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4 Things to Think About When Increasing Diversity and Inclusion in Your Organization

Posted By Rui Miguel Martins, Volunteer Guest Blogger, February-29-16
Updated: February-26-16

Estimated reading time: 3 minutes

Toronto’s rapidly changing demographics present new opportunities and challenges for small organizations. Increasing diversity could help with networking and building relationships in your community, however, attracting people of diverse backgrounds is often difficult.

Jim Milligan is a certified LifeSkills coach and former volunteer manager. He spoke to a group of grassroots leaders about strategies for recruiting and retaining people of different backgrounds. It was the latest event in Volunteer Toronto’s Trailblazer Series, a set of leadership talks geared towards people who lead volunteer-run non-profits.


Here are the four things that organizations should consider when thinking about diversity and inclusion.


1. Frame of Reference

Are you open to thinking about your organization in new ways? What biases do you have? Everything we have experienced until this point in our lives has shaped our opinions and perceptions. Perspective is everything. Recognizing your frames of reference is critical when thinking about the recruitment and retention of volunteers.

2. Dimensions of Diversity

It is always important for an organization to have clearly-defined goals and a recruitment strategy in place. Begin by deciding what type of diversity you want to focus on. Diversity consists of many different dimensions including gender, sexual orientation, education, age, etc. Think about why your organization might be attractive to people of diverse audiences. How will your organization benefit? And how will the volunteer benefit from their involvement? Next, you need to decide how you are going to reach out to these groups. “Diversity is about how we are different and how those differences could enhance our relationships,” Milligan says. Diversity is a strength, not a barrier.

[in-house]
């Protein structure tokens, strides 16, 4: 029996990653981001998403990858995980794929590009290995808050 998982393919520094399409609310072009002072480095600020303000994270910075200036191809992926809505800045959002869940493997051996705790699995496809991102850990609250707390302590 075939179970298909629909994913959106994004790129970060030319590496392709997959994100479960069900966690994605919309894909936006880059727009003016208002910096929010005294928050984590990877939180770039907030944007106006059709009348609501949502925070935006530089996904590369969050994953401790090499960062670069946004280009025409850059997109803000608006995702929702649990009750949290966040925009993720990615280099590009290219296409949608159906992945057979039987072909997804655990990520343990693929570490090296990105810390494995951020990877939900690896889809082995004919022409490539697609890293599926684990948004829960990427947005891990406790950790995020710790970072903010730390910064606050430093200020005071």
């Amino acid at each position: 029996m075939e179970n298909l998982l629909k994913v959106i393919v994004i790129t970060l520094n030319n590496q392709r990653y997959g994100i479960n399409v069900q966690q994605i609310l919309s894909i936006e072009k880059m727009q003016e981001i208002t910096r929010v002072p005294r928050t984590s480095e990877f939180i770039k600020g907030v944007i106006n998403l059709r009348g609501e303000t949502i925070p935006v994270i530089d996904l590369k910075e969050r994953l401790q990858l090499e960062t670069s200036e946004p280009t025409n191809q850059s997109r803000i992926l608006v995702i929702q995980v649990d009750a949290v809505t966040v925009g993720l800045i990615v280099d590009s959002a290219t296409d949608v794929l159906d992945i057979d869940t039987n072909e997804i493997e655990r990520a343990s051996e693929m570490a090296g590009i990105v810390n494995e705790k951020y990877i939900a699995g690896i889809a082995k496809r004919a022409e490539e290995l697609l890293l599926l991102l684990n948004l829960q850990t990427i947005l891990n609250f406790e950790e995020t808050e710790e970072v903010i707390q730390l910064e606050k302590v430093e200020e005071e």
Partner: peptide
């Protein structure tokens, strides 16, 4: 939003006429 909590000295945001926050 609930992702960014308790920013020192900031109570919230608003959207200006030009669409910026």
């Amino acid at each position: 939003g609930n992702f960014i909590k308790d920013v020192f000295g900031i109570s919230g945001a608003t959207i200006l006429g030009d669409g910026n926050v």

3. Cultural Competence

Non-profit leaders should be able to understand how our own cultural differences manifest themselves through beliefs, values, practices and through our biases. Having the professional skills to connect with each person and understand their world view is always important.

4. Deliberative Dialogue

Use dialogue that is intentional and collaborative. Listen to find meaning and understanding. This could mean admitting you are wrong or weighing the alternatives. The purpose should always be to find common ground. Your organization is about solving a problem and not about winning and losing. Oppositional or divisive language will just drive people away. “Good diversity always begins with you,” Milligan says. 



Rui Miguel Martins is a communications specialist and social media strategist based in Toronto. He currently volunteers his time at Make A Change Canada, Yonge Street Mission, as well as at Volunteer Toronto.


Tags:  board of directors  cultural competency  diversity in your non-profit  how to attract diverse people  increase diversity  Toronto  volunteer  Volunteer Toronto  volunteering  volunteers 

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